Harold Hanser, an architect of modern law and justice initiatives in Yellowstone County, died Friday at age 83.
Voters elected Hanser, a Democrat, as Yellowstone County attorney for five consecutive terms. He served from 1970 until his retirement in 1990. He successfully prosecuted a capital murder case and helped get the county a new jail. He also played a key role in revising the way law enforcement deals with drunken drivers and crimes involving minors.
“First of all, he was sort of a father to a lot of us in law enforcement back in the early days,” said Dwight MacKay, who served as a sheriff’s deputy in the early 1970s before being elected to the county commission in 1982.
“ ‘MacKay, you got to go out in the field and get more than this, this isn’t gonna work,’ ” he remembers Hanser saying when a case needed more work before going to prosecution.
“He was always a straight shooter,” MacKay said.
Hanser was born Aug. 16, 1930, to William and Helen Benesh Hanser on their family farm in Broadview.
By the time he retired, he was well aware of the dire, multi-generational implications of child abuse and neglect.
“Serious and violent offenders almost exclusively had serious abuse and neglect in their backgrounds,” Hanser said in a 1990 interview with The Gazette. “Kids raised in dysfunctional families are at-risk kids. Unless there is intervention, there is a high probability of perpetuating criminal behavior.”
In the early 1970s, Hanser served on a statewide committee that redrafted Montana’s Youth Court Act.
Around the same time, MacKay remembers Hanser being instrumental in combating rampant drug use by teens.
“He had a soft spot for kids in trouble, but he also wanted to hold them responsible if they needed it,” MacKay said.
“Unless we’re willing to commit funding to early intervention, we can’t build enough prisons or hire enough cops,” Hanser told The Gazette. “We’re far more willing to deal in punishment than we are to spend money for treatment.”
That said, Hanser did fight for harsh punishment when he thought it was appropriate. In a triple murder, he successfully persuaded a judge to impose the death sentence.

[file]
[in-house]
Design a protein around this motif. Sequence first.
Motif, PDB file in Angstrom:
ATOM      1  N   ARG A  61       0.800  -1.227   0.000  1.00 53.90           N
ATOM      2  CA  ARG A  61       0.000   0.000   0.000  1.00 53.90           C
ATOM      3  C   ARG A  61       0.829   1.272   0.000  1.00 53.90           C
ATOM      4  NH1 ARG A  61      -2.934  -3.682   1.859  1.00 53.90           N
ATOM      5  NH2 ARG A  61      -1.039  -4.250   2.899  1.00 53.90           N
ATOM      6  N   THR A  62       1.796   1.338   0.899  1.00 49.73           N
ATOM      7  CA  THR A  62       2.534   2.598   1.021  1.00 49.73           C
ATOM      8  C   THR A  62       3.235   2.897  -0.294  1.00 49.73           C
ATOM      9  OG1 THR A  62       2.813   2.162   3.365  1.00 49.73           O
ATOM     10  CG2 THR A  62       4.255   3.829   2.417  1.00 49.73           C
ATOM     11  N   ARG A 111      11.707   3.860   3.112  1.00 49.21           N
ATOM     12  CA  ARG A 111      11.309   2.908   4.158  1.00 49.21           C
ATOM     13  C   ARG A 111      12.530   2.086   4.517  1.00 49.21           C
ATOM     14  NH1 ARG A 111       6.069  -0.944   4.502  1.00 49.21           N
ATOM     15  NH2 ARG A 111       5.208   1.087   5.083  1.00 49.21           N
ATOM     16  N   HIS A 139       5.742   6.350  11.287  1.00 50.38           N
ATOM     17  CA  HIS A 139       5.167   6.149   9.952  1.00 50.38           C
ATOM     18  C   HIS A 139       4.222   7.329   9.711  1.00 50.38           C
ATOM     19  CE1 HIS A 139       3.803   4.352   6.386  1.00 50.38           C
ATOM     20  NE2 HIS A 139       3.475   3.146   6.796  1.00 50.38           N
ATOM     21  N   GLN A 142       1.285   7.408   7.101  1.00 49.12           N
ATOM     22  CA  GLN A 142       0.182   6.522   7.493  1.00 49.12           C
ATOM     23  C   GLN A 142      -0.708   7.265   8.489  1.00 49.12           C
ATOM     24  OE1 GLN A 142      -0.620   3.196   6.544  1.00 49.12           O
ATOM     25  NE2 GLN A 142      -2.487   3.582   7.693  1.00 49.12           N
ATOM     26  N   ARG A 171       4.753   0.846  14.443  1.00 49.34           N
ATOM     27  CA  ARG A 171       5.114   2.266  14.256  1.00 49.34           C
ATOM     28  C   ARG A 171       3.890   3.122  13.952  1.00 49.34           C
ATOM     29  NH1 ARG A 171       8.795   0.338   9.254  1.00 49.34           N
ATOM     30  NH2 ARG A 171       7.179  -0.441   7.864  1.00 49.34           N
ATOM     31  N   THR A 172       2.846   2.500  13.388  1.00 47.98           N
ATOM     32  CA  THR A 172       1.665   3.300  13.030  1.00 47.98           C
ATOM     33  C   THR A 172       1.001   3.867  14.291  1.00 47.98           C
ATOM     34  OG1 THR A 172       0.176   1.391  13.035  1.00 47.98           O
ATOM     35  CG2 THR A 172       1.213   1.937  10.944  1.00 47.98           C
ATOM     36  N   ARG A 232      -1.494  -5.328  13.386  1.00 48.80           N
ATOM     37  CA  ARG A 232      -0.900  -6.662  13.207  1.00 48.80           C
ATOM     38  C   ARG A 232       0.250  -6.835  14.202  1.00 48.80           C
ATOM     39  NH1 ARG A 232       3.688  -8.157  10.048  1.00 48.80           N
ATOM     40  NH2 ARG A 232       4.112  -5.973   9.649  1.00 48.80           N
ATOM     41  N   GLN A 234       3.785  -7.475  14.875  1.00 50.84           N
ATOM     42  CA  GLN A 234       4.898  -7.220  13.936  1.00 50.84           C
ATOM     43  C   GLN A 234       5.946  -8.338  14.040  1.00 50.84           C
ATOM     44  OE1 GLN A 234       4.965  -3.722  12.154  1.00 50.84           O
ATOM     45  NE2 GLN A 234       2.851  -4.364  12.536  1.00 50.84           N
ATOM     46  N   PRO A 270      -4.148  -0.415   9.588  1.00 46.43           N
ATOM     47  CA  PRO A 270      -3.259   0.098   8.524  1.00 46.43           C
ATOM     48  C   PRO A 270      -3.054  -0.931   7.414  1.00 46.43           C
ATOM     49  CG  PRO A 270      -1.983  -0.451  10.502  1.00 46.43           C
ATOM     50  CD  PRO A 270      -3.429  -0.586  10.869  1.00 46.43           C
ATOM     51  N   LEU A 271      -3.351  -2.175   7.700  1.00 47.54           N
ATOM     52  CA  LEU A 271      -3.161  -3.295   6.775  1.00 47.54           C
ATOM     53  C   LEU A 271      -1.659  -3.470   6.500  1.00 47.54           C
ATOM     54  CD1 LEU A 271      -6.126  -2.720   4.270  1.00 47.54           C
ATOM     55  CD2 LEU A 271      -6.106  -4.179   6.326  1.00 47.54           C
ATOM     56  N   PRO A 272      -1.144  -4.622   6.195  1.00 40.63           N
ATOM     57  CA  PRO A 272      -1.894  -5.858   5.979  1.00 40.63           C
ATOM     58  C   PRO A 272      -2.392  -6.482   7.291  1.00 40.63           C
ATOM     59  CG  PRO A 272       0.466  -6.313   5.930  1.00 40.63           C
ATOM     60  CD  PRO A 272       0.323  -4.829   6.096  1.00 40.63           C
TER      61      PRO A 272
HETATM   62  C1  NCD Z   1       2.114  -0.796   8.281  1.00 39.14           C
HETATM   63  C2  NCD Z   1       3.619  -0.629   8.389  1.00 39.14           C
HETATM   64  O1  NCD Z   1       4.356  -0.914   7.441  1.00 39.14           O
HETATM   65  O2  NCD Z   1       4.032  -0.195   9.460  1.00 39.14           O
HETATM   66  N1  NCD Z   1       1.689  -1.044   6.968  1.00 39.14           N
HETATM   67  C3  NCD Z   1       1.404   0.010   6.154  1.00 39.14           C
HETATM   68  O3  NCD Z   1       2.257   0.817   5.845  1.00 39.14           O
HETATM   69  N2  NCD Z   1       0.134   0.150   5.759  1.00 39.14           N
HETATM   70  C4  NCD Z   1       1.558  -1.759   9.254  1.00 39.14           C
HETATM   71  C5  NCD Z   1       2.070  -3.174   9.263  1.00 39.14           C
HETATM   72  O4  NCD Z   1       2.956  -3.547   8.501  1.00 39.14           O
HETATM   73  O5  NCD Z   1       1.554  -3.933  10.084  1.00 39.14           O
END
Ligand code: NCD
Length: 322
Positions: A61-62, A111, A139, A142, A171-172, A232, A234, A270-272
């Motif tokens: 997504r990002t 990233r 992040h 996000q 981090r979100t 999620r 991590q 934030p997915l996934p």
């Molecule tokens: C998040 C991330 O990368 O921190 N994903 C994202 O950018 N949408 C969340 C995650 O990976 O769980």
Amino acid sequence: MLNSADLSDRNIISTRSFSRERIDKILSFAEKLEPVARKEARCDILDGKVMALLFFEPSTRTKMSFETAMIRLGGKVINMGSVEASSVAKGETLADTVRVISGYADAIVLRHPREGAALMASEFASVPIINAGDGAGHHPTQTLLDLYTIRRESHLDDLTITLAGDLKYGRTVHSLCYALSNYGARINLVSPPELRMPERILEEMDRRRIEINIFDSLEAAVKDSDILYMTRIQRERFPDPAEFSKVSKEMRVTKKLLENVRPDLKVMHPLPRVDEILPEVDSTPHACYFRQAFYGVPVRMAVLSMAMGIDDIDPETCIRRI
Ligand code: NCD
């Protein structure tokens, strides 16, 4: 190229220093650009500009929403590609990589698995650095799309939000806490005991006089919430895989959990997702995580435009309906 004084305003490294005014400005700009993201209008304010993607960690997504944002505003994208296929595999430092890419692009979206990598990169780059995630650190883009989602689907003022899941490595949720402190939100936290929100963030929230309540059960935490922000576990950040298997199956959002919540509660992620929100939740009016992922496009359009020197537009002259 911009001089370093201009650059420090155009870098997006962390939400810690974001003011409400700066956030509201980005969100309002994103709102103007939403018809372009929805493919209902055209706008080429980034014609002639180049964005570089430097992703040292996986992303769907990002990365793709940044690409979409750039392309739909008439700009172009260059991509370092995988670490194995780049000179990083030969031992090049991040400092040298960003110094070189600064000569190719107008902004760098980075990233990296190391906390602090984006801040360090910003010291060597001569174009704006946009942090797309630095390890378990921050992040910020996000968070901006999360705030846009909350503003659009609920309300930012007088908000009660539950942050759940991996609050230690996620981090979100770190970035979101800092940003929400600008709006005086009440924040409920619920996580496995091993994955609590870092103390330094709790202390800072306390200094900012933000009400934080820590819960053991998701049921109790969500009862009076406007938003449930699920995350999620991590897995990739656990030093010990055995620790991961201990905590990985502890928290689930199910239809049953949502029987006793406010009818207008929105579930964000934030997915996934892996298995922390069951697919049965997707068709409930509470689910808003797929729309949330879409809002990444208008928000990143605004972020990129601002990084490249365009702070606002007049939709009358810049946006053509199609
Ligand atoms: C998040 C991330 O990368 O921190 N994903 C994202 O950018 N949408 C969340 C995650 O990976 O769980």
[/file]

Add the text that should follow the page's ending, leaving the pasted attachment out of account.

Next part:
The defendant in that case was David Thomas Dawson, who kidnapped and killed David and Monica Rodstein and their 11-year-old son in April 1986, leaving the couple’s teenage daughter alive. Her testimony helped lead to a conviction. Dawson was executed in 2006.
“He did a wonderful job as the lead attorney in that case,” said Diane Barz, the now-retired judge who presided over the case. “He was very, very clever in the way he could present cases.”
Interestingly, Hanser had given the judge her first job as an attorney when he hired her in 1979. Barz said she was the only female prosecutor in the office at the time. She went on to be the first woman to serve on the Montana Supreme Court.
“He was forward thinking, I guess you’d say, enough to give me a chance, and he was an excellent teacher,” Barz said. “It was really something to hire a woman in those days.”
Hanser also launched the county’s DUI Task Force in the early 1980s. The initiative continues today.
“That was very, very, very dear to him,” MacKay recalls. “He was one of the first and strongest leaders in Montana in that area.”
After his retirement from public service at the end of 1990, Hanser returned to private practice. He also started a weekly newsletter of his observations on current events and other topics.
The series, which he circulated among friends and acquaintances, was called, “Reflections on the crumbs left in a brown bag lunch sack: The sometimes weekly, but always informative and inspirational, commentaries on great truths we live by.”
“I think if he wasn’t an attorney he would have been a philosopher,” said his daughter, Stephanie Hanser.
She remembers her father’s quick wit and sense of humor.
He called his wife Marieanne “Miss Daisy.” The couple, married for 58 years, was known for their close relationship.
When they would travel together, Hanser would “joke that he was driving Miss Daisy,” Stephanie Hanser recalls.
“I think that’s why he died on Valentine’s,” she said. “I think he needed to spend Valentine’s Day with mom.”
Visitation will be 10 a.m. to 5 p.m. Tuesday and Wednesday and 10 a.m. to 3 p.m. Thursday at Dahl Chapel, 10 Yellowstone Ave. Rosary will be recited at 5:30 p.m. followed by the Vigil at 6 p.m. Thursday with Funeral Mass noon on Friday, all at St. Patrick Co-Cathedral, 215 N. 31st Street.